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Hármas Körös(här`mŏsh kö`rösh) [Hung.,=triple Körös], Rom. Criş, river, c.345 mi (560 km) long, formed in E Hungary by the junction of three headstreams that rise in Transylvania, NW Romania. It meanders west through farmland to the Tisza River at Csongrád. The Körös is used for irrigation.
(also Hármas Körös), a river in Rumania and Hungary; left tributary of the Tisza. Length, 580 km; basin area, 27,500 sq km.
The Körös rises in the mountains of Western Rumania (the Bihor massif and the Metalici range) in two sources—the Cri§ul Alb and the Cri§ul Negru. From their confluence to its mouth the Körös flows through the Alfold plain. Within this plains sector the riverbed has been straightened and channeled, locks have been installed, and dikes have been erected. There are flash floods during the warm part of the year, and the least flow takes place in the winter months. The average water discharge at the river’s mouth is 100 m3/sec. The principal tributaries are the Sebes Körös and the Hortobágy. Canals that drain the swampy sections of the Alföld empty into the Körös. There is navigation in its lower course. The cities of Brad (Rumania), Gyula, Békés, Gyoma, and Kunszentmárton (Hungary) are located on the Körös.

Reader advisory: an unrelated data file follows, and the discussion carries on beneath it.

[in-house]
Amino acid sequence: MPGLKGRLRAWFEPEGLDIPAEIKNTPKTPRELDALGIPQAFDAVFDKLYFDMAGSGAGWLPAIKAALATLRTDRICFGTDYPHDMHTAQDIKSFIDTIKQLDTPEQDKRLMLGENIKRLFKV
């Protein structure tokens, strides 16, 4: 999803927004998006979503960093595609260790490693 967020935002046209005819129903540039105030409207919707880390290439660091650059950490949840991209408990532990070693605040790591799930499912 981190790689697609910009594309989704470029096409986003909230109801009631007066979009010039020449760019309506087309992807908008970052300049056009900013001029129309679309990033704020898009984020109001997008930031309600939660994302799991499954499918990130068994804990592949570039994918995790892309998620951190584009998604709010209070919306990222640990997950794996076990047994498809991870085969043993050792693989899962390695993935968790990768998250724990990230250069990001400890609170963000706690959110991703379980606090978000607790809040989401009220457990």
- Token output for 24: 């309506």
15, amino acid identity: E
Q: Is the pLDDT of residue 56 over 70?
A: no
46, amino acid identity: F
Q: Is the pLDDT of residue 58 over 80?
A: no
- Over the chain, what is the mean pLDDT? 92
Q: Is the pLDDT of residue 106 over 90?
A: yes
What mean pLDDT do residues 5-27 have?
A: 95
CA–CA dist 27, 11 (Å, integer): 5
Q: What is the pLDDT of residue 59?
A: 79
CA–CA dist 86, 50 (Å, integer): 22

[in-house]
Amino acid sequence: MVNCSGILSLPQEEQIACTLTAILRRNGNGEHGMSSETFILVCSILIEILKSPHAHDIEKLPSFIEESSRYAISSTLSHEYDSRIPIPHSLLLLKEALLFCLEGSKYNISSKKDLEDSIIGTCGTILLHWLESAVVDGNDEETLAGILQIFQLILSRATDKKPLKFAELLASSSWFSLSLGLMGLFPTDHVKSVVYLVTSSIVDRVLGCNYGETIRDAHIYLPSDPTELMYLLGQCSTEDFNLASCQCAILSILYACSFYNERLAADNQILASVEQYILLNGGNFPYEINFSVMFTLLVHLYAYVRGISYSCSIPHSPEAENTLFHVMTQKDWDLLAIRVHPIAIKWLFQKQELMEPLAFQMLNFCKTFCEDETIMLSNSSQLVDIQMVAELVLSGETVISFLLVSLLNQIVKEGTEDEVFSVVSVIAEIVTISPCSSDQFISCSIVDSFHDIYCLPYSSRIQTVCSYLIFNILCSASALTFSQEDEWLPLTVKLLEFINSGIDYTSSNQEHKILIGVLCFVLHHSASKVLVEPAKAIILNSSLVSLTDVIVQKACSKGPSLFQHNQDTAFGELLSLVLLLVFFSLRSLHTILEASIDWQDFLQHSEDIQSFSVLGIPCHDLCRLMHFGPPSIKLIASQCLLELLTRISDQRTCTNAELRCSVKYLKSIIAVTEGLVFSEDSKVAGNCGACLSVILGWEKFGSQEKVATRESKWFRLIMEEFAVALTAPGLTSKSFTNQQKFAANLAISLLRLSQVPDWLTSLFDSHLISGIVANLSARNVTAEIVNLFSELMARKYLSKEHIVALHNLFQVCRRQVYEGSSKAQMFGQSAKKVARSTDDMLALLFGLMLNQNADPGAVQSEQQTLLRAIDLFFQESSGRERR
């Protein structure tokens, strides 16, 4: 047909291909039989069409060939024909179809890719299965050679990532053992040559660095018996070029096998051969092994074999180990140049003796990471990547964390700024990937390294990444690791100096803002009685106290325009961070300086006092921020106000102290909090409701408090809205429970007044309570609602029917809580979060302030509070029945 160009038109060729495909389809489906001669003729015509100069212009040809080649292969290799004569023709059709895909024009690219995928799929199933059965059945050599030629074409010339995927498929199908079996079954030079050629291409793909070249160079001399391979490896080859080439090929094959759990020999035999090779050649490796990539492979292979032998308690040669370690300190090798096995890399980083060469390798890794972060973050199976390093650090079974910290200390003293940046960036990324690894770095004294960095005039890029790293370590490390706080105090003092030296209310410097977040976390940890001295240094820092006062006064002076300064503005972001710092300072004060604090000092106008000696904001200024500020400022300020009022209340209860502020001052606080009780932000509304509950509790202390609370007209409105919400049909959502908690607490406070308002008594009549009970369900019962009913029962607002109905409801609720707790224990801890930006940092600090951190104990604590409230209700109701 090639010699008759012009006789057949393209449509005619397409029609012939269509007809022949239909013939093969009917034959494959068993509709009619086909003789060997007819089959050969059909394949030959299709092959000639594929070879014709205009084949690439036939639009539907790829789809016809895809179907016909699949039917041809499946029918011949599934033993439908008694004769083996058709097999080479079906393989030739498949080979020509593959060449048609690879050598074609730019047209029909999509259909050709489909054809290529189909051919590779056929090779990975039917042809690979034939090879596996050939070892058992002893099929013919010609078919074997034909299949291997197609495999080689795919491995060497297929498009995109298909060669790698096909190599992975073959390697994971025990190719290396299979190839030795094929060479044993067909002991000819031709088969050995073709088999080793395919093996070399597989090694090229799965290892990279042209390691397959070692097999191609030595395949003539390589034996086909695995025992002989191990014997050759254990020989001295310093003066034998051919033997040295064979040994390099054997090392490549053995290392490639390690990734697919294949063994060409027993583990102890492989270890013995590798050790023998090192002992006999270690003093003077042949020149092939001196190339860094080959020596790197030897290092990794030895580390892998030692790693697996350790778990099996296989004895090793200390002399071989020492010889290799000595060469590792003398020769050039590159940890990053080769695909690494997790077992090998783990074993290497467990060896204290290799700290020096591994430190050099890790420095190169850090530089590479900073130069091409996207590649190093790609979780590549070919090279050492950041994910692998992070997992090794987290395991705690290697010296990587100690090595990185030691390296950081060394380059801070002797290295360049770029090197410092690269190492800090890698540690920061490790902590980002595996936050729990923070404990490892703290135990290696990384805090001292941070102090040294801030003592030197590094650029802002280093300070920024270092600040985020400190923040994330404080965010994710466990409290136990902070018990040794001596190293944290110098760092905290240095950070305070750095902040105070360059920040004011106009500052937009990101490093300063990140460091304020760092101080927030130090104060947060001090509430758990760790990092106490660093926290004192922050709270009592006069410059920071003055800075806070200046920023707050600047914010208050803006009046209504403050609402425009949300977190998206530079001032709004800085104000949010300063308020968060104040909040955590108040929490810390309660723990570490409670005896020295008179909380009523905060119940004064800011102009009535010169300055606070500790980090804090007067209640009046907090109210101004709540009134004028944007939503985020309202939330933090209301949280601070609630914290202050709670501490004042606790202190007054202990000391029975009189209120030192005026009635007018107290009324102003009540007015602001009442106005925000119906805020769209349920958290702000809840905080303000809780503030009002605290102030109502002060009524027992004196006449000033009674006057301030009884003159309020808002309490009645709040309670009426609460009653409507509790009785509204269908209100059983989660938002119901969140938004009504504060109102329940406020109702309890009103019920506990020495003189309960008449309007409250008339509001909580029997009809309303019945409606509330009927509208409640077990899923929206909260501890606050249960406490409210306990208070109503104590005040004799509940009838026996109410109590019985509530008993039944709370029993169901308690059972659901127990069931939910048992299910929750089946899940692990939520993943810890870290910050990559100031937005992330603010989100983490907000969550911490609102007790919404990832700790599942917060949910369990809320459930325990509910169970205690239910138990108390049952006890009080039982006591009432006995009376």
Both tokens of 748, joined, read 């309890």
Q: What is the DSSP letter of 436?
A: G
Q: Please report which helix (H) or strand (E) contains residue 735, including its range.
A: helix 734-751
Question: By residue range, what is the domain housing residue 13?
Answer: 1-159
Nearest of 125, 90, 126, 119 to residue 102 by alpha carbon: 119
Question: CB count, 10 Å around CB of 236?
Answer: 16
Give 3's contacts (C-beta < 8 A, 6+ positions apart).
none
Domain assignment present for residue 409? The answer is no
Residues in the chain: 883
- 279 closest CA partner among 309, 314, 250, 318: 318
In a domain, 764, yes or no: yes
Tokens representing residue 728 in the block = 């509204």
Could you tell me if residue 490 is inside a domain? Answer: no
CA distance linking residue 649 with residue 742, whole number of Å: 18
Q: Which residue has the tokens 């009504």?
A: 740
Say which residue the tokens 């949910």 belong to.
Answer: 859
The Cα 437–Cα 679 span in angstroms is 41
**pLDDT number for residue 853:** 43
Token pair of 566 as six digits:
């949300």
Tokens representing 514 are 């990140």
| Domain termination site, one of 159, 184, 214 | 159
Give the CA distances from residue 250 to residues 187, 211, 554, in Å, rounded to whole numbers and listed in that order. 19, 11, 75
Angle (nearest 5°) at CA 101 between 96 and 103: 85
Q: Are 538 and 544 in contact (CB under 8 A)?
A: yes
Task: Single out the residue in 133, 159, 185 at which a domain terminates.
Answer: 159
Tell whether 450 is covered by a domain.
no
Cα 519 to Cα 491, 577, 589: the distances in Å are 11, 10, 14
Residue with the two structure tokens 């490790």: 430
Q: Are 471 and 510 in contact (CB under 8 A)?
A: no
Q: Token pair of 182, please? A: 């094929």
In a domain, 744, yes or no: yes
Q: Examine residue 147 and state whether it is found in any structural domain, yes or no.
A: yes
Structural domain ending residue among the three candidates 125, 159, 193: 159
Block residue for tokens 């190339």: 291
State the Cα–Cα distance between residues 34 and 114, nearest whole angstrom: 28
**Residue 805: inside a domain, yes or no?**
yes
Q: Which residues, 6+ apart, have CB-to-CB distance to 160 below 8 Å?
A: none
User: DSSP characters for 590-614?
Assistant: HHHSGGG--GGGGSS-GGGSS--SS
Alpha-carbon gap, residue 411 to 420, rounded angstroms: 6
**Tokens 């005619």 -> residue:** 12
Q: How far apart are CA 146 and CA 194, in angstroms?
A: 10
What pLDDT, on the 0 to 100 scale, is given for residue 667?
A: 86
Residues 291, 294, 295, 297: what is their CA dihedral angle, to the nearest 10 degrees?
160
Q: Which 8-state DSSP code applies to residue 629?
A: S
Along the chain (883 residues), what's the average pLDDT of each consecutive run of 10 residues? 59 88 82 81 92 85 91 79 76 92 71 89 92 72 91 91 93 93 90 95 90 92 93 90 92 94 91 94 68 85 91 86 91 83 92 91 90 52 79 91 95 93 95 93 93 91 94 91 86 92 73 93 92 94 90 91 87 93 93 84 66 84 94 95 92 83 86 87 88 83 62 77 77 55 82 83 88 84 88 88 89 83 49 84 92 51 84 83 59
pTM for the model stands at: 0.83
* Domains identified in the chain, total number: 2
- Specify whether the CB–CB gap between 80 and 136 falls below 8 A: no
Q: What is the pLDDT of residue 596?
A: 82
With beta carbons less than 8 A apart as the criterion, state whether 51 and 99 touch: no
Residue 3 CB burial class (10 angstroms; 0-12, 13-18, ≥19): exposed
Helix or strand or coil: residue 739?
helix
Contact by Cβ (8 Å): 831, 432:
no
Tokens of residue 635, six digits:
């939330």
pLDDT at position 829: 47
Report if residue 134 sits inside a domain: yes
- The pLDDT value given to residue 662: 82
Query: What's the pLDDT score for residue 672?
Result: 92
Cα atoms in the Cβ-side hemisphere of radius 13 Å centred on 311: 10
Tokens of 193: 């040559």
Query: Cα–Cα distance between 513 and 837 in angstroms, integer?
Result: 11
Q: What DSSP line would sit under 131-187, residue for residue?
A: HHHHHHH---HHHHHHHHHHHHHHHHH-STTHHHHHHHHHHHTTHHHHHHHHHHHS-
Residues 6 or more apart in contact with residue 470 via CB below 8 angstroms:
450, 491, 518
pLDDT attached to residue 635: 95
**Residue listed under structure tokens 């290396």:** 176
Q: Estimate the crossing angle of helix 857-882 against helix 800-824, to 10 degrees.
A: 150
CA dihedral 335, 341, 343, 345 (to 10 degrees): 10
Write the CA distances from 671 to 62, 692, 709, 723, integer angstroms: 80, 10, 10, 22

(also criş), an early Neolithic archaeological culture that was widespread in the second half of the sixth millennium and in the first half of the fifth millennium B.C. in what is now Hungary (in the basin of the Körös River) and Rumania. The population lived in huts or woven framework smeared with clay and engaged in stock raising (cattle, goats, sheep), farming, hunting, and fishing. Their pottery comprised globular and hemispherical vessels on circular supports or four-petaled bases and also flasks that were flat on one side and convex on the other and had several lugs. Painted vessels are also encountered. The Körös culture is part of the historical-cultural region Starcevo-Körös-Karanovo I of the most ancient ceramic Neolithic of southeastern Europe.